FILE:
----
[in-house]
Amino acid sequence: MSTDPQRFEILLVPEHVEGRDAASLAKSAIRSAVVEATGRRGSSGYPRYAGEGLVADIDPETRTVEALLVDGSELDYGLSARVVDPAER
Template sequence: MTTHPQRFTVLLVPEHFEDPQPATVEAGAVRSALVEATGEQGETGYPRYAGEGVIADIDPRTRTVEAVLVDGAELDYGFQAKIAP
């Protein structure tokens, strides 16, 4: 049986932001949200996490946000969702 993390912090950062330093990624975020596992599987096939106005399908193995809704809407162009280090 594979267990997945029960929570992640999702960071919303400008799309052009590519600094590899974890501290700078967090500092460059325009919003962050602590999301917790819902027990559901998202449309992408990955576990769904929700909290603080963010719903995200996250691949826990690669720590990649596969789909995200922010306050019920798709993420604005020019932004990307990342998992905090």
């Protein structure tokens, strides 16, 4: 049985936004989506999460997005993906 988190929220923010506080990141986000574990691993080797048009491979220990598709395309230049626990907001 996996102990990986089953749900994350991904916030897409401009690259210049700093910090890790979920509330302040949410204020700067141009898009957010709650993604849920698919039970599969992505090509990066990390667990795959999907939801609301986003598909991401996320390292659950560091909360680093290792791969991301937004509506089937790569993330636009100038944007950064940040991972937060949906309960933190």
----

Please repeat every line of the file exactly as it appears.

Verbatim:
[in-house]
Amino acid sequence: MSTDPQRFEILLVPEHVEGRDAASLAKSAIRSAVVEATGRRGSSGYPRYAGEGLVADIDPETRTVEALLVDGSELDYGLSARVVDPAER
Template sequence: MTTHPQRFTVLLVPEHFEDPQPATVEAGAVRSALVEATGEQGETGYPRYAGEGVIADIDPRTRTVEAVLVDGAELDYGFQAKIAP
């Protein structure tokens, strides 16, 4: 049986932001949200996490946000969702 993390912090950062330093990624975020596992599987096939106005399908193995809704809407162009280090 594979267990997945029960929570992640999702960071919303400008799309052009590519600094590899974890501290700078967090500092460059325009919003962050602590999301917790819902027990559901998202449309992408990955576990769904929700909290603080963010719903995200996250691949826990690669720590990649596969789909995200922010306050019920798709993420604005020019932004990307990342998992905090």
């Protein structure tokens, strides 16, 4: 049985936004989506999460997005993906 988190929220923010506080990141986000574990691993080797048009491979220990598709395309230049626990907001 996996102990990986089953749900994350991904916030897409401009690259210049700093910090890790979920509330302040949410204020700067141009898009957010709650993604849920698919039970599969992505090509990066990390667990795959999907939801609301986003598909991401996320390292659950560091909360680093290792791969991301937004509506089937790569993330636009100038944007950064940040991972937060949906309960933190």